I begin by defining the Weil pairing in general (as in Oda's 1969 paper). My question is about an explicit formula for this pairing in the case of an elliptic curve over complex numbers.

Let $\lambda\colon A \rightarrow B$ be an isogeny between abelian schemes over a base scheme $S$ and let $\lambda^*\colon \mathrm{Pic}^0_{B/S} \rightarrow \mathrm{Pic}^0_{A/S}$ be the dual isogeny. Define the Weil pairing $$< , >_{\lambda}\colon\mathrm{Ker}(\lambda) \times \mathrm{Ker}(\lambda^*) \rightarrow \mathbb{G}_m$$ as follows. For a line bundle $\mathscr{L} \in \mathrm{Ker}(\lambda^*)(S)$, choose an isomorphism $$ \alpha\colon \lambda^* \mathscr{L} \xrightarrow{\sim} \mathscr{O}_{A},$$ note that for an $S$-point $x \in \mathrm{Ker}(\lambda)$ one has $\lambda^* = T_x^* \lambda^*$ canonically, where $T_x$ is translation by $x$, and define $<x, \mathscr{L}>_{\lambda}$ to be the element of $\mathbb{G}_m(S)$ that gives rise to the composite isomorphism $$\mathscr{O}_{A} \xrightarrow{\alpha^{-1}} \lambda^* \mathscr{L} = T_x^* \lambda^* \mathscr{L} \xrightarrow{T_x^*\alpha} T_x^* \mathscr{O}_A = \mathscr{O}_A.$$

Now suppose that $S = \mathrm{Spec} (\mathbb{C})$ and $\lambda$ is the multiplication by $n$ isogeny on an elliptic curve. The above pairing then *is* (by definition) the Weil pairing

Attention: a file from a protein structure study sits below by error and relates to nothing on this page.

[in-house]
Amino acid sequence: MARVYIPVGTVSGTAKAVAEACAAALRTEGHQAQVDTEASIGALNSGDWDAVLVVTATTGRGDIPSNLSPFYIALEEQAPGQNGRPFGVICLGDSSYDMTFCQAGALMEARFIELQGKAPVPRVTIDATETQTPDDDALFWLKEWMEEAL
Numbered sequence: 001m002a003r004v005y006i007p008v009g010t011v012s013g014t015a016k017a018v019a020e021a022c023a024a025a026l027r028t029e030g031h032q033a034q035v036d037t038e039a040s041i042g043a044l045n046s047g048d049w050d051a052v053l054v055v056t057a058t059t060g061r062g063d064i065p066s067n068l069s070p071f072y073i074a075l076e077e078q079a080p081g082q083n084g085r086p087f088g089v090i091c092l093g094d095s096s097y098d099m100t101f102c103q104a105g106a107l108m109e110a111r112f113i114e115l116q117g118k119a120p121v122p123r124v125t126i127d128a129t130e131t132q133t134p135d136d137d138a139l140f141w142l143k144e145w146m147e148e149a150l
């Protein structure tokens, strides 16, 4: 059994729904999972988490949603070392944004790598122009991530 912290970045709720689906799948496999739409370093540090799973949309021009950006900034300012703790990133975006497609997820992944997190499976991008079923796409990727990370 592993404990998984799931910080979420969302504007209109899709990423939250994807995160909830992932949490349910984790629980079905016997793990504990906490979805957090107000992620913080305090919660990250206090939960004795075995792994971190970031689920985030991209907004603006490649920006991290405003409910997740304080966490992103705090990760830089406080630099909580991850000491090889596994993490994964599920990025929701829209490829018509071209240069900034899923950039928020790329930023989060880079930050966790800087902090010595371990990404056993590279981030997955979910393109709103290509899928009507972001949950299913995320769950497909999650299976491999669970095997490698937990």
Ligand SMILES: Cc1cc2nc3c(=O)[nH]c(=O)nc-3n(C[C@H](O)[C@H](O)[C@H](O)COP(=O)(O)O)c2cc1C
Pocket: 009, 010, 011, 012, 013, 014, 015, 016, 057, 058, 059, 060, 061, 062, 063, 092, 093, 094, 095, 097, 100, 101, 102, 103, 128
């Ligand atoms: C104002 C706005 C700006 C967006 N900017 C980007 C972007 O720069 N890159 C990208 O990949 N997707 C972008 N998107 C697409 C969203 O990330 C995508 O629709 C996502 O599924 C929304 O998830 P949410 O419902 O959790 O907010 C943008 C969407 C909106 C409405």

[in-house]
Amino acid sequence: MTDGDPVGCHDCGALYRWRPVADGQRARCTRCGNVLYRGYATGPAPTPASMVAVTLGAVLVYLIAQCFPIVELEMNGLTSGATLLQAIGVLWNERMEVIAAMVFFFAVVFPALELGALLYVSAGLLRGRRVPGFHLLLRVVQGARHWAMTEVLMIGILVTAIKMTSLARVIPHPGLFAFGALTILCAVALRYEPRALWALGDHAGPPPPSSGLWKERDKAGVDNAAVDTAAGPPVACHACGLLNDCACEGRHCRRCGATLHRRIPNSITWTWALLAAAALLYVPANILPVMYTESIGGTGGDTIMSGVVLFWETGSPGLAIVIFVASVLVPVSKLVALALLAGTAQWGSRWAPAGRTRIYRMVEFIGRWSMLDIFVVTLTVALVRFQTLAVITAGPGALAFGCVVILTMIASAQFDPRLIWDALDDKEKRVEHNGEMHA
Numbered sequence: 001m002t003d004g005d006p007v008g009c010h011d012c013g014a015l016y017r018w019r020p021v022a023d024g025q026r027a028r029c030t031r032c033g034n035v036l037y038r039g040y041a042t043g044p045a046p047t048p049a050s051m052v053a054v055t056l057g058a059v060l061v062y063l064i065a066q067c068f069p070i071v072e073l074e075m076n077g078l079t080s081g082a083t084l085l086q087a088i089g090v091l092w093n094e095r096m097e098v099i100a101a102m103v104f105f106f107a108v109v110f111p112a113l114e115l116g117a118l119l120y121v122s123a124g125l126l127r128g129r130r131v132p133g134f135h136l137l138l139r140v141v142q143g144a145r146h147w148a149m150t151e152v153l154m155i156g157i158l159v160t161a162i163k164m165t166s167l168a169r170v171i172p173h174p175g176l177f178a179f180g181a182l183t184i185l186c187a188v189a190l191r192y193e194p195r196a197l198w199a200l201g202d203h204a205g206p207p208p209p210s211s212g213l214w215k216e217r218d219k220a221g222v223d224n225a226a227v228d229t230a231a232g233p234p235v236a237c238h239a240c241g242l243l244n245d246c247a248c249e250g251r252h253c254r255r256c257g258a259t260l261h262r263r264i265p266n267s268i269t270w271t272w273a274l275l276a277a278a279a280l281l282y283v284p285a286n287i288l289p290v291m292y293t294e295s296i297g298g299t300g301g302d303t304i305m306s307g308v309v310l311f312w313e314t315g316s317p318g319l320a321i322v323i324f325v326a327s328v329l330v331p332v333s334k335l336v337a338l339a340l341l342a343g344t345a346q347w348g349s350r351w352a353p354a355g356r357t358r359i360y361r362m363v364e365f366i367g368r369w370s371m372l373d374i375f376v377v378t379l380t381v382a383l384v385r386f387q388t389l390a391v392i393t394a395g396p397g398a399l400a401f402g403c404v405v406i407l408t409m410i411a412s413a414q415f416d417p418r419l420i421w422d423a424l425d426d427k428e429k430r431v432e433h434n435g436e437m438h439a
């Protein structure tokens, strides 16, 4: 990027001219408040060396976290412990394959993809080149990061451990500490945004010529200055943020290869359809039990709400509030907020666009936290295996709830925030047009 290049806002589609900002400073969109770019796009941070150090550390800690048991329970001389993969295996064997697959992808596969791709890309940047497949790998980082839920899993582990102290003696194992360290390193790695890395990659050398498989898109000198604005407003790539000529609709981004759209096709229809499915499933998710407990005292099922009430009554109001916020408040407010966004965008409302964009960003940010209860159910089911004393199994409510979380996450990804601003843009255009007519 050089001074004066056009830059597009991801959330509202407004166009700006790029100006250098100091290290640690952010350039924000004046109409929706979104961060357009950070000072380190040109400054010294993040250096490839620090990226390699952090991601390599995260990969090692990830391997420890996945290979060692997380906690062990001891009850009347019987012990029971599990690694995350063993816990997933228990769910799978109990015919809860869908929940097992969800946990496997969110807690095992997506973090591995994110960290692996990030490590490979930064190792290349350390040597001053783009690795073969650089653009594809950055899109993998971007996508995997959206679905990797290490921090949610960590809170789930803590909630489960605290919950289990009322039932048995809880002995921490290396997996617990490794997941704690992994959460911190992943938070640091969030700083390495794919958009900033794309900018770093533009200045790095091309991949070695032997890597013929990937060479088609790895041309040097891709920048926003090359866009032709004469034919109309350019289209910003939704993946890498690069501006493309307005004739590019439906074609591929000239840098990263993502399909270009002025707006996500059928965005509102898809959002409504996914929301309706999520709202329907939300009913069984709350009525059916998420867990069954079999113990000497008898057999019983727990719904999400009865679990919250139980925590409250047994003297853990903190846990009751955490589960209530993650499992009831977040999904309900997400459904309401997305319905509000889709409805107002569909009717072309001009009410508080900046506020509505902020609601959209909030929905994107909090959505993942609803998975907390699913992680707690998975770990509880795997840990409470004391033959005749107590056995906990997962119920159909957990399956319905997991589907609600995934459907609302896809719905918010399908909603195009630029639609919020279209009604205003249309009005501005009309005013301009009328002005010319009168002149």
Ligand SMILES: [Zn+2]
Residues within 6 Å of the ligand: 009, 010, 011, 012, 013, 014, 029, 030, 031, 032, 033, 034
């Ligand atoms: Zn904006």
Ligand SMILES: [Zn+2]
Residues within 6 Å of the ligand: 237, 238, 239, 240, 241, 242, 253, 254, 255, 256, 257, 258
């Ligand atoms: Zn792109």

$$ E[n] \times E[n] \rightarrow (\mathbb{G}_m)_{\mathbb{C}}.$$
Suppose that $E$ is presented via a complex uniformization: $E = \mathbb{C}/(\mathbb{Z} + \mathbb{Z} \cdot (x + iy))$ with $y > 0$. My question is: why does the Weil pairing agree with the pairing
$$ \left(\frac{a}{n}, \frac{b}{n} \cdot (x + iy)\right) \mapsto e^{-\frac{2\pi i}{n} ab}$$
(say, as opposed to its complex conjugate or some other pairing).

P.S. I am not interested in suggestions to use a different "easier" definition of the Weil pairing that works only for elliptic curves over fields (unless, of course, the suggestion is accompanied by a proof of the agreement between the pairings). The point is to understand the correct definition, not to avoid using it.

Abelian varieties. $\endgroup$ – abx Feb 13 '15 at 16:36